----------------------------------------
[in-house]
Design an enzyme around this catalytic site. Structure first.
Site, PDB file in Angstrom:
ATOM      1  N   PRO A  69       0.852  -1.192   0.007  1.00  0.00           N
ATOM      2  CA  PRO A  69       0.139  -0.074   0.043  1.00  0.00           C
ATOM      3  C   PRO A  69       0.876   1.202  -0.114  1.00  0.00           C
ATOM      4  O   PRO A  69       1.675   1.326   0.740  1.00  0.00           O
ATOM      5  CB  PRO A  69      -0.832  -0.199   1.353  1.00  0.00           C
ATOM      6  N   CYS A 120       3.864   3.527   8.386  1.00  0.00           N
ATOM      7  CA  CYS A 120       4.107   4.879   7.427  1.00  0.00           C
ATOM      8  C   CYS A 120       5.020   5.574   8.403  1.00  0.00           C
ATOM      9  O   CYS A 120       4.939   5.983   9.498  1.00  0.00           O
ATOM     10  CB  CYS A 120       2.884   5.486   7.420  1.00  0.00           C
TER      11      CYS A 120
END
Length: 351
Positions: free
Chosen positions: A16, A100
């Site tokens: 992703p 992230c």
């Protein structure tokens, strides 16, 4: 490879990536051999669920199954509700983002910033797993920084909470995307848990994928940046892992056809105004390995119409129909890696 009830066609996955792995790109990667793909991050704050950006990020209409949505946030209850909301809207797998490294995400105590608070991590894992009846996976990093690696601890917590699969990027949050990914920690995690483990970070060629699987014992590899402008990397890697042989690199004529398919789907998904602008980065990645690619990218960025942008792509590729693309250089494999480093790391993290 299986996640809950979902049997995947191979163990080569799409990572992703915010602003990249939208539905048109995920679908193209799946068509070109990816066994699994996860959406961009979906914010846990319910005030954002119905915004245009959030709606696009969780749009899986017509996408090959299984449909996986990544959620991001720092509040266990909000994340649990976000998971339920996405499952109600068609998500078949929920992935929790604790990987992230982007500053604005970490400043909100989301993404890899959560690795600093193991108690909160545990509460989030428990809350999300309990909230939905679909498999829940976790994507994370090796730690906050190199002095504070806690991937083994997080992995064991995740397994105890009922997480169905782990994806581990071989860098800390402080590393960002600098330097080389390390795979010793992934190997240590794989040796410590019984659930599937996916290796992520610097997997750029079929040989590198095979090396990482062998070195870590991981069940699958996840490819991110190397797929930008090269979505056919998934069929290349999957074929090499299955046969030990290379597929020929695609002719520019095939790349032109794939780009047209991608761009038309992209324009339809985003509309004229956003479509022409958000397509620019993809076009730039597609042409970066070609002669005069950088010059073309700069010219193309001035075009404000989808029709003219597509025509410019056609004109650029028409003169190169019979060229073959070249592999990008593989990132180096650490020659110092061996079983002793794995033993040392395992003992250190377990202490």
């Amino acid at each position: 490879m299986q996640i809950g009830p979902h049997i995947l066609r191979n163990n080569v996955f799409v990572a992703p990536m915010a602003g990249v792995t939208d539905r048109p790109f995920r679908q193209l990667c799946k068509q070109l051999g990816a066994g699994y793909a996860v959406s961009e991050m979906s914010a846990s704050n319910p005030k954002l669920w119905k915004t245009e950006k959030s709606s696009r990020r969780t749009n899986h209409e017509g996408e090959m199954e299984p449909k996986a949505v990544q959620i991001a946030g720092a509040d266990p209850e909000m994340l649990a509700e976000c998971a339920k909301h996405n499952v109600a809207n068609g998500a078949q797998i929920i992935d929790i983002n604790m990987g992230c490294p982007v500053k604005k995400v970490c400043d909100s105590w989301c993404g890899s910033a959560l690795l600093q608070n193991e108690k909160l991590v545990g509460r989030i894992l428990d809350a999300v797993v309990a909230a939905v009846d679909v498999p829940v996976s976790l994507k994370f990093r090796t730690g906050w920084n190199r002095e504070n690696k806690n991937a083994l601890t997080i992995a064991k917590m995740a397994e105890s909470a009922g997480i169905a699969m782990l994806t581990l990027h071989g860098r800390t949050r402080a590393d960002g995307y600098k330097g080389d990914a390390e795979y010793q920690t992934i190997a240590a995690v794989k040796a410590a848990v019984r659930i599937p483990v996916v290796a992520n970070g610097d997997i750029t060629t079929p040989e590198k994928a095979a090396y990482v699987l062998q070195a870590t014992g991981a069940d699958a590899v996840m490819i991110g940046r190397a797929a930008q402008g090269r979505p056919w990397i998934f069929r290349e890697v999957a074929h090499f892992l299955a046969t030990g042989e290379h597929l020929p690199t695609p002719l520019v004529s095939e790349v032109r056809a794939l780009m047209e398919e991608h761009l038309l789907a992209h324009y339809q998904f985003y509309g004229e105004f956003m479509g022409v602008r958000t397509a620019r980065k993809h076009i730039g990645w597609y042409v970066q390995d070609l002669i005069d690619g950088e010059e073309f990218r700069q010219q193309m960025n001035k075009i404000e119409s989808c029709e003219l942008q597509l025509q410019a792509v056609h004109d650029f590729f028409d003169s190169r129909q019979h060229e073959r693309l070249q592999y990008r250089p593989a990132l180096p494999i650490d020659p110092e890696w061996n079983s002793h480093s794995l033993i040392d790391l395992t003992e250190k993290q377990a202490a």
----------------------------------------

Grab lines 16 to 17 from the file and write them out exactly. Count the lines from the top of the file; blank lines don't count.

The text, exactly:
Length: 351
Positions: free